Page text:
and here. (left: front
cover, Icons of American Protestantism: The Art of Warner Sallman, image
courtesy Google Books)
Images of Faith: Art of the Latter-Day Saints, by Richard G. Oman and Robert O. Davis, Publisher: Deseret
Book Co. (September 1995), 202 pages. Includes images of artworks in the
Museum of Church History and Art in Salt Lake City, UT.
Jewish-American Artists and the Holocaust, by Mathew Baigell. Published by Rutgers University Press in 1997.
Jewish Art in America: An Introduction, By Matthew Baigell. Published by Rowman & Littlefield in
2007, 253 pages
Jewish Artists and the Bible in Twentieth-Century America, By Samantha Baskind, Publish Date Expected 2/7/2014, Pennsylvania
State University Press, 264 pages, Hardcover ISBN: 978-0-271-05983-9
The Landscape of Belief: Encountering the Holy Land
in Nineteenth-Century American Art and Culture,
by John Davis. Published by Princeton University Press in 1998. Google Books
says: "This book tells of the nineteenth-century American painters
who, along with photographers, archaeologists, writers, evangelists, and
tourists, flocked to the biblical Holy Land, a world of striking landscape
vistas that reflected, in their eyes, a powerful image of the United States..."
Painting Religion in Public: John Singer Sargent's Triumph
of Religion at the Boston Public Library, by Sally
M. Promey. Published by Princeton University Press in 2001.
The Religious Art of Andy Warhol,
By Jane Dillenberger, Andy Warhol. Published 1998 by Continuum International
Publishing Group.128 pages. ISBN:082641334X. Google Books
says: "An examination of the spiritual side of Warhol looks at his
art during his final years, which includes paintings based on Leonardo da
Vinci's "Last Supper," and Warhol's "Skull" and "Cross"
paintings." Note: Google Books
offers a Limited Preview of this book. For more information on this and
other digitizing initiatives from publishers please click here
and here. (right:
front cover, The Religious Art of Andy Warhol, image courtesy Google
Religious Folk Art in America: Reflections of Faith, by C. Kurt Dewhurst, Betty MacDowell, Marsha MacDowell. Published
by E.P. Dutton in association with the Museum of American Folk Art, in 1983.
Seeing the Unseen, by Marianne
Lettieri, Founding Director of Arts of the Covenant in Menlo Park, CA, to
be published by Christians in the Visual Arts. According to Fr. Jim
Blaettler, SJ., Director of Manresa Gallery, Seeing the Unseen will
provide a guide for those interested in launching and managing a church-based
Seven Visions: The Spirit of Religion in Contemporary
Regional Art, by Arnot Art Museum -1991
Signs of Grace: Religion and American
Art in the Gilded Age, by Kristin Schwain. Published in 2007 by Cornell
University Press. On the back cover, Leigh Eric Schmidt of Princeton University
says: "Signs of Grace offers a revealing window on the way in which
the visual arts were given a distinct religious bearing in late Victorian
America-one that accentuated momentary experiences of spiritual and aesthetic
illumination. In this rich and sumptuous book, Kristin Schwain has done
an excellent job of analyzing these forms of spiritualized visuality through
the works of Thomas Eakins, Henry Ossawa Tanner, F. Holland Day, and Abbott
Handerson Thayer." (left: front cover, Signs of Grace: Religion
and American Art in the Gilded Age, image courtesy Google Books)
Saved by Beauty: Sister Mary Charles McGough, OSB, published by St. Scholastica Monastery, 2014. 108 pages.
The Spirit and the Vision: The Influence of Christian
Romanticism on the Development of 19th-century American Art, by Diane Apostolos-Cappadona. Published by Scholars Press, in 1995.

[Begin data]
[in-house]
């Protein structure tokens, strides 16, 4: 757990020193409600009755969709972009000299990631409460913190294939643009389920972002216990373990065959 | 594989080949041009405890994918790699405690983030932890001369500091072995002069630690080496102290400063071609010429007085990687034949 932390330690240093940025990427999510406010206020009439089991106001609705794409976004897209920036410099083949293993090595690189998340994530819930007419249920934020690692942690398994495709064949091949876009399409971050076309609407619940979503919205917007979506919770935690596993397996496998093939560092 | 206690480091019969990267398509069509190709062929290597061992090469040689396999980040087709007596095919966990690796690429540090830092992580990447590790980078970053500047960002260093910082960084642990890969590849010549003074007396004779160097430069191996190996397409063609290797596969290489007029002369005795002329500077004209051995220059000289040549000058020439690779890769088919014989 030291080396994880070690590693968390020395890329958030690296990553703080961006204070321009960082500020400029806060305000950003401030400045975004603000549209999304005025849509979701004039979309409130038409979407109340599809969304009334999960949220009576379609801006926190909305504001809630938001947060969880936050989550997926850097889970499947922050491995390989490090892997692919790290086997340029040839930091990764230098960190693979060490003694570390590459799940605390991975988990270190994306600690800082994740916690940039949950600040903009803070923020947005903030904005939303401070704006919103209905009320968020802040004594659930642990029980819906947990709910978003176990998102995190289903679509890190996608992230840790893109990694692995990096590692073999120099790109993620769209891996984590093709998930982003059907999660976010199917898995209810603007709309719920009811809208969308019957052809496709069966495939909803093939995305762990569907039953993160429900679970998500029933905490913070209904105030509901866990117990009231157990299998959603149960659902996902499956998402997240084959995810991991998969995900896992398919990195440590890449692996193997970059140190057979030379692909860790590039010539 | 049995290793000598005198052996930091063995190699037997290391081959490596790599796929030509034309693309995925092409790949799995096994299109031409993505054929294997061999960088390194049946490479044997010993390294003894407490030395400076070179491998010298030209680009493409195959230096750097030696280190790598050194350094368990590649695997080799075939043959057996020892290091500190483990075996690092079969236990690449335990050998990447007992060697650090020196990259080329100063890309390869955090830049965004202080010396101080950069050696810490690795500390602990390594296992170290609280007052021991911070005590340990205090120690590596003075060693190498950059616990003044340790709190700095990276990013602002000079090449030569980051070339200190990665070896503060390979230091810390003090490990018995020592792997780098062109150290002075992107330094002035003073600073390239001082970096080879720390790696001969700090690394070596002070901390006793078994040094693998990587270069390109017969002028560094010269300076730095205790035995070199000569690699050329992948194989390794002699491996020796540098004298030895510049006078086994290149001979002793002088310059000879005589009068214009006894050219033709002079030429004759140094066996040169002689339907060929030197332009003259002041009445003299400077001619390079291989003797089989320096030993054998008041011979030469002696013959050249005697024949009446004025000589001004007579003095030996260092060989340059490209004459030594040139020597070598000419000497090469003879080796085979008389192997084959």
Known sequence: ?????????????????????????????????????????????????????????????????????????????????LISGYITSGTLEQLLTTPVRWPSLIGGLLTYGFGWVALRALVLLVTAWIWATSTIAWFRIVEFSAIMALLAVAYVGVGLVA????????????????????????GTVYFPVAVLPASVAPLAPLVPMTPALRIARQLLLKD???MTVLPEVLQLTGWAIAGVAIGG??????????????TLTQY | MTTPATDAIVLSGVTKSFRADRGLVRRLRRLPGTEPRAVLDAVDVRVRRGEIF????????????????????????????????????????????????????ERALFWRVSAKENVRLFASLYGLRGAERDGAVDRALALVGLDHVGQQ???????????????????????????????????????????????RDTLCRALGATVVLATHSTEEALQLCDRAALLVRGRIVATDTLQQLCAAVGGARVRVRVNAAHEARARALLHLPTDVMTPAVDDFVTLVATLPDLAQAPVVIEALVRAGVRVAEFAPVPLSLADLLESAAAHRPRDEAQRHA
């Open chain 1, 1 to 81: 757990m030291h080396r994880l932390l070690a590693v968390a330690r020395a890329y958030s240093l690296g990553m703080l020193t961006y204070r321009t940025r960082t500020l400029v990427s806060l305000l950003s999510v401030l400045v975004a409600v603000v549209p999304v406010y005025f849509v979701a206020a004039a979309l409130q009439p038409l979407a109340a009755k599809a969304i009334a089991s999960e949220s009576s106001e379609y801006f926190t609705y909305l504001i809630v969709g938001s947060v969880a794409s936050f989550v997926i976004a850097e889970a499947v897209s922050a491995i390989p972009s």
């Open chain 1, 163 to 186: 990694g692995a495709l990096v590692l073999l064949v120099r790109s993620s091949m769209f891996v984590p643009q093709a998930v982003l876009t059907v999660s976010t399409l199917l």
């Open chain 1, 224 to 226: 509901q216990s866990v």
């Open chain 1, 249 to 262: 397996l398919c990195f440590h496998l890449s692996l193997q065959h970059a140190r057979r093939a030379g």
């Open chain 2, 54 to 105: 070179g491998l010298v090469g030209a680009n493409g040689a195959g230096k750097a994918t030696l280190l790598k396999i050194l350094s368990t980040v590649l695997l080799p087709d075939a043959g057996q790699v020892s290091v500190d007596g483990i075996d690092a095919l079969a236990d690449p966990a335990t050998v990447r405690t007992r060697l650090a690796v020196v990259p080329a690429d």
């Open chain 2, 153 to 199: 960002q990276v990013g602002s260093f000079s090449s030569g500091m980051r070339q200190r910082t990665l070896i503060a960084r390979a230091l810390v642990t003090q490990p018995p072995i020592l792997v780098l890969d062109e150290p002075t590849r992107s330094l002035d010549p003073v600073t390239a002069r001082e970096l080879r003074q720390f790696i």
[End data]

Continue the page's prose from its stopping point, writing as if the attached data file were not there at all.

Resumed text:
Transforming Images: New Mexican Santos In-between Worlds,
by Claire J. Farago, Donna Pierce. Published by
Pennsylvania State University Press in 2006.
The Visual Arts and Christianity in America: From the
Colonial Period to the Present, by John Dillenberger.
Published in 1984 by Scholars Press (Chico, Calif). Book Review: "Stalking
the Spiritual in the Visual Arts" by David Morgan.
The Visual Culture of American Religions, by David Morgan, Sally M. Promey. Published by University of California
Press in 2001.
A Google Book Search
conducted February 12, 2011 located 307 books featuring the search phrase
"American Religious Art. Forty five books featured Limited Preview.
Journals and Magazines
ARTS Magazine is published by United and the Society for the Arts in Religious
and Theological Studies, New Brighton, MN
Image Journal focuses on the contribution of religious art in America
Ratio: A Journal of Theology and the Arts
is "a peer reviewed journal primarily focusing on the intersection
between the arts and theology, hoping to allow imagination and reason to
be seen as intimately intertwined-as different expressions of the same divine
Magazine "...is a quarterly magazine of
short stories, poetry, creative nonfiction, and visual art that resonate
with the complexity and truth of the Christian faith."
Articles in paper-printed journals and
Julianne Burton-Carvajal and Scott Shields, "The
Carmel Mission in Art" American Art Review, January-February
2008 (Volume XX, Number 1
Gail E. Husch, "The Landscape of Belief: Encountering
the Holy Land in Nineteenth-Century American Art and Culture," (book
review) Sept, 1997 from The Art Bulletin (Link found expired
as of 7/24/09 audit. Source site may contain this content via a revised
In 2014 TFAO published an article titled "Options for Art Exhibit Programs by Religious Institutions,"
by an anonymous volunteer. The article is intended to provide information
to organizations considering establishing an art exhibit program within
To date, TFAO has not been able to locate significant information
on American art derived from faith communities other than that for Judeo-Christian
topics and information from Middle East Influences
in American Art. Readers and institutions with links and materials derived
from other faith communities to share with TFAO will be appreciated.
TFAO extends thanks to Fr. Jim Blaettler, SJ and Chet Murray
for suggesting information for this topic and to Gayle Larkin, an artist
in San Juan Capistrano, CA, for providing a reference in the above list.
We welcome suggestions for additional content by sending
an email to
Return to Topics